Hi there – I taught myself to code. You can teach yourself, too. It takes work and time, but it’s worth it.
Because programming can be used to improve every type of job there is. Whether you work as a janitor, an engineer, a financial analyst, or an insurance agent – you can use programming to make yourself more efficient.
Here’s how I learned to code:
This is the final post in my series about how I learned to code and ultimately landed a job doing web development.
This post looks at the heart of how I pursued my love of coding. It takes hard work, grit, and sweat to switch careers and not give up. It also takes heart – by that I mean courage, kindness, and resilience.
When you decide to switch careers you’re faced with an overwhelming task. If you don’t have much experience, you may be intimidated by the lists of “required experience” you see in the job postings you browse through. And there are literally hundreds of job postings to go through. After applying to 200+ jobs, I landed about 4 interviews. I was fortunate to be able to get a job out of those 4 interviews, because I knew how to prepare for them. Still – that’s a lot of work. You may have to apply to many more positions to get even one interview. Don’t give up – you can do this.
Be courageous – apply to intimidating jobs
Don’t be opposed to surprising yourself with how much you know. I found that I was often worried I didn’t know enough for the jobs I was applying to. The thing is, it’s unlikely that you will ever check off every single box that is listed in a given job description. Programming (or most any other profession, for that matter) is so multi-faceted and complex that you may know something about a technology or language that a senior-level programmer hasn’t heard of – you could probably teach them a thing or two about all the new, hip ways of doing things.
Job descriptions are good for a very general description of the type of work you’ll be doing. More important is getting to know the company, the people you’ll work with, and whether it’s a pro-learning environment. So be courageous – if you’re unsure about whether you qualify, apply to the job but then follow up with the company with some more detailed questions.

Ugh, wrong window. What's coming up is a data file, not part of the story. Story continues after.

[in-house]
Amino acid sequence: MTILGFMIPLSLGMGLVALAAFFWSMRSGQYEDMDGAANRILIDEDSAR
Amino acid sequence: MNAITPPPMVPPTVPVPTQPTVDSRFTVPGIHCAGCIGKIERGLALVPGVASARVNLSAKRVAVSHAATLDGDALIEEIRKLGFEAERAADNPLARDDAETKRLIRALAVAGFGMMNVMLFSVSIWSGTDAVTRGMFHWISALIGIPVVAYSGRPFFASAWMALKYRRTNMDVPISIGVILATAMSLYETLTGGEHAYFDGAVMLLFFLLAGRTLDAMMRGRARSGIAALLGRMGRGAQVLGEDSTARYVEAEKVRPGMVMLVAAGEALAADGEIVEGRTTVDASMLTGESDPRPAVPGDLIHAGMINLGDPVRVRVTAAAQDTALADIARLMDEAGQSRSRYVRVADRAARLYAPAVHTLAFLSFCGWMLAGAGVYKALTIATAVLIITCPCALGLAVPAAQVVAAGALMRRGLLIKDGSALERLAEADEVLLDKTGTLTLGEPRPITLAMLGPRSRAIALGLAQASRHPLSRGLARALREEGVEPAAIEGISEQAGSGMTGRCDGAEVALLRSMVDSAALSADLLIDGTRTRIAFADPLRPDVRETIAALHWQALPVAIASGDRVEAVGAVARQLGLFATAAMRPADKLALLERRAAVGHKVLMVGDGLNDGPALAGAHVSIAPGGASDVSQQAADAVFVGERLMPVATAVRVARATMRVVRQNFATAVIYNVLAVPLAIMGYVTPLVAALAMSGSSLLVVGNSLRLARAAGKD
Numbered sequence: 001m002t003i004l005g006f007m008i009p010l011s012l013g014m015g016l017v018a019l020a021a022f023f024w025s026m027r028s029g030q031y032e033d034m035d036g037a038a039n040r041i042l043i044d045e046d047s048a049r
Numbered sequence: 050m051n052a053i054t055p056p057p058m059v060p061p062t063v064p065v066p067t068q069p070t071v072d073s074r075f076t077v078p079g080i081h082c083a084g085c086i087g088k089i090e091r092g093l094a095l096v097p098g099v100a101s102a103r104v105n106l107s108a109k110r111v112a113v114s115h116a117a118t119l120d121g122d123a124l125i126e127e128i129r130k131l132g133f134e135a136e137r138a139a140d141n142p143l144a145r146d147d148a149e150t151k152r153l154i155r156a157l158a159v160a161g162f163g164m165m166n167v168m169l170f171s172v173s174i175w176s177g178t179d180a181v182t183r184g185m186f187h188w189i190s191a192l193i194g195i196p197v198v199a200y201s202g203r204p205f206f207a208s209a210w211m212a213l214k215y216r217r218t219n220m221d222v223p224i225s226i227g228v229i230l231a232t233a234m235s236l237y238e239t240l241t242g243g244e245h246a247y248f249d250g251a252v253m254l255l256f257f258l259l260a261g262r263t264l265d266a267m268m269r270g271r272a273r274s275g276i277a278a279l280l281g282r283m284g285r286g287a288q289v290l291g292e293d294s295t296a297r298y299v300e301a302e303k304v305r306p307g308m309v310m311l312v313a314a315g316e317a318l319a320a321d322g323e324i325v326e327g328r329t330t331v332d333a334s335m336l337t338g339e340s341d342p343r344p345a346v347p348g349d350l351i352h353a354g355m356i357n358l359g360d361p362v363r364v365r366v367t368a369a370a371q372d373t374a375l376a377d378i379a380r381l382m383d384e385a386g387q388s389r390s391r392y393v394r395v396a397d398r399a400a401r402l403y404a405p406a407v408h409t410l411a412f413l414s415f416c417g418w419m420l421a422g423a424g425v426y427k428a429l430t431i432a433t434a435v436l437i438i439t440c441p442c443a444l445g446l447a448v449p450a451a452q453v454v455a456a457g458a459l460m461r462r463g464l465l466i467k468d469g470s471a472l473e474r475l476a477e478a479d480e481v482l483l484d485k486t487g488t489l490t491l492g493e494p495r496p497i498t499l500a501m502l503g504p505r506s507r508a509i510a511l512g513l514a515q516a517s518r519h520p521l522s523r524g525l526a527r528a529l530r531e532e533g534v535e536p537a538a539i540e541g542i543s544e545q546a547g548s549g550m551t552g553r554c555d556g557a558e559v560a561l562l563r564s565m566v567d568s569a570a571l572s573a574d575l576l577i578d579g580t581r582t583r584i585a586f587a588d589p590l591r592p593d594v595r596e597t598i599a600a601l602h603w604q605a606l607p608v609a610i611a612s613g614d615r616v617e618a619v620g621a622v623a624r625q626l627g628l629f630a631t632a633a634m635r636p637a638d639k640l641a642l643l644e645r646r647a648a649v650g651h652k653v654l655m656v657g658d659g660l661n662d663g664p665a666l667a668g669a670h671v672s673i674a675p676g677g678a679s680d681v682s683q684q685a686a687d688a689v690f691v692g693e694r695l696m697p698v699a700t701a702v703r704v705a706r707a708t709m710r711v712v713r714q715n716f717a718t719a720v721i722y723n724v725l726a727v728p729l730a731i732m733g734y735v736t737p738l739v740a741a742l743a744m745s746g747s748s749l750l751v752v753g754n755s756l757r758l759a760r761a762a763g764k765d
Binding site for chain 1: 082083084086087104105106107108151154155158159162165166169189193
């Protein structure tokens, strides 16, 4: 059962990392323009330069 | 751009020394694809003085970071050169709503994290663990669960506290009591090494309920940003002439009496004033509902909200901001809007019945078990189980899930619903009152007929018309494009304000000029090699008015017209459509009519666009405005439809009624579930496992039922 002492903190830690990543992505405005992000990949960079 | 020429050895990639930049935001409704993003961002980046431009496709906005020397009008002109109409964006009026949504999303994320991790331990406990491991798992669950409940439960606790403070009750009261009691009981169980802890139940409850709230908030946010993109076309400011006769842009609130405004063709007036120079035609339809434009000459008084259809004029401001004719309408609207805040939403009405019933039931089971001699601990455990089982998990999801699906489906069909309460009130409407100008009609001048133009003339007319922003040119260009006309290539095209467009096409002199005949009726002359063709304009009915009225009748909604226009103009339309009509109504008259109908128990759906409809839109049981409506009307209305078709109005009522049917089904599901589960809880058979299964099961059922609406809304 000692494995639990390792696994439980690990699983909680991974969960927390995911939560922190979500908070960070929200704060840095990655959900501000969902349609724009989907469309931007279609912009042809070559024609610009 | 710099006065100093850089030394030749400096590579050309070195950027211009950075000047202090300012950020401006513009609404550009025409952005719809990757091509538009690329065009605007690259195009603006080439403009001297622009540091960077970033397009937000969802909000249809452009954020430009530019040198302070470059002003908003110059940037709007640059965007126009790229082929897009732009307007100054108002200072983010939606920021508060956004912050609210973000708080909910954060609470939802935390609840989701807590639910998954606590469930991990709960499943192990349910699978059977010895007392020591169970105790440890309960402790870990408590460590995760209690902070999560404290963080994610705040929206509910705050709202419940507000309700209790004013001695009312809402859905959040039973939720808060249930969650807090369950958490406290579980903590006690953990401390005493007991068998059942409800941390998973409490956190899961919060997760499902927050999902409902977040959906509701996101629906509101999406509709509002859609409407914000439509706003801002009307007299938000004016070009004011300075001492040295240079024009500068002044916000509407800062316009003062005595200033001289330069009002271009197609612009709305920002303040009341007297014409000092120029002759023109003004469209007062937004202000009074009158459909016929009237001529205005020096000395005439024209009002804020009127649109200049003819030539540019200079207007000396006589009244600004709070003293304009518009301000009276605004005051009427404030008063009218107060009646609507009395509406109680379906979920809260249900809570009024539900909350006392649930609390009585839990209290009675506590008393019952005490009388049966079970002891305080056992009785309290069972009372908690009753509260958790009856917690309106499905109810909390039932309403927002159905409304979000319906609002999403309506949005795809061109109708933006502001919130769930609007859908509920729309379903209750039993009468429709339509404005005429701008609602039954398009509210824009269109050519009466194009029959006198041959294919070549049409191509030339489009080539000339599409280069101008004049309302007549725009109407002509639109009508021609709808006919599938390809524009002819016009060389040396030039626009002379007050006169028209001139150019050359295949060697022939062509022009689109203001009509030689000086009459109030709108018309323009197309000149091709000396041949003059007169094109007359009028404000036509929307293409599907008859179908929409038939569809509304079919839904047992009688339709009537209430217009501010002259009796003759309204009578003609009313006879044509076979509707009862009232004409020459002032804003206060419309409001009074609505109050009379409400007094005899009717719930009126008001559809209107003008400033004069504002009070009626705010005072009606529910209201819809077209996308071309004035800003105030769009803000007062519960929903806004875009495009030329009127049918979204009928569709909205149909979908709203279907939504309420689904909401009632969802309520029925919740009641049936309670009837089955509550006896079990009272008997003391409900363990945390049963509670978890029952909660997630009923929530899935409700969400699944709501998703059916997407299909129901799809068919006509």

Be kind – take care of yourself throughout this process
There will be times when you feel really discouraged by your search. It may be months and you haven’t heard back from anywhere. Remember to take care of yourself – you deserve it. Take yourself out to coffee, go on a hike, hang out with some good friends, make yourself a nice meal. It’s easy to grow desperate, especially if you feel like your future livelihood depends on finding this job. Remember that your value as a person does not depend on switching careers – you deserve to be taken care of, even if you never find a job in the field you want. Caring for yourself with contribute to your mental health no matter what happens.
Be resilient – all you can do is take a day at a time
Being resilient isn’t really a thing you just ‘do’. It comes out of doing the things above – you’ll find that when you are courageous and kind to yourself, it will be easier to never give up.
Being resilient starts with paying attention to your own needs. Once you are meeting your own needs, sticking with your job search becomes easier.
Take some time out of your day to meditate and reflect. Set a goal for how many jobs you will apply to that day, then take a break. Stretch yourself, but not so much that you stress yourself.
Keep at it. Improve yourself by 1% each day. The key to success is small increments, not big leaps.
How much you learn and accomplish on your journey will surprise you. Your reward will be resilience – not just a a job.
I hope you enjoyed my story about my journey into coding. Let me know what step of this journey you are on, and how I can support you. Best way to reach me is on Linkedin.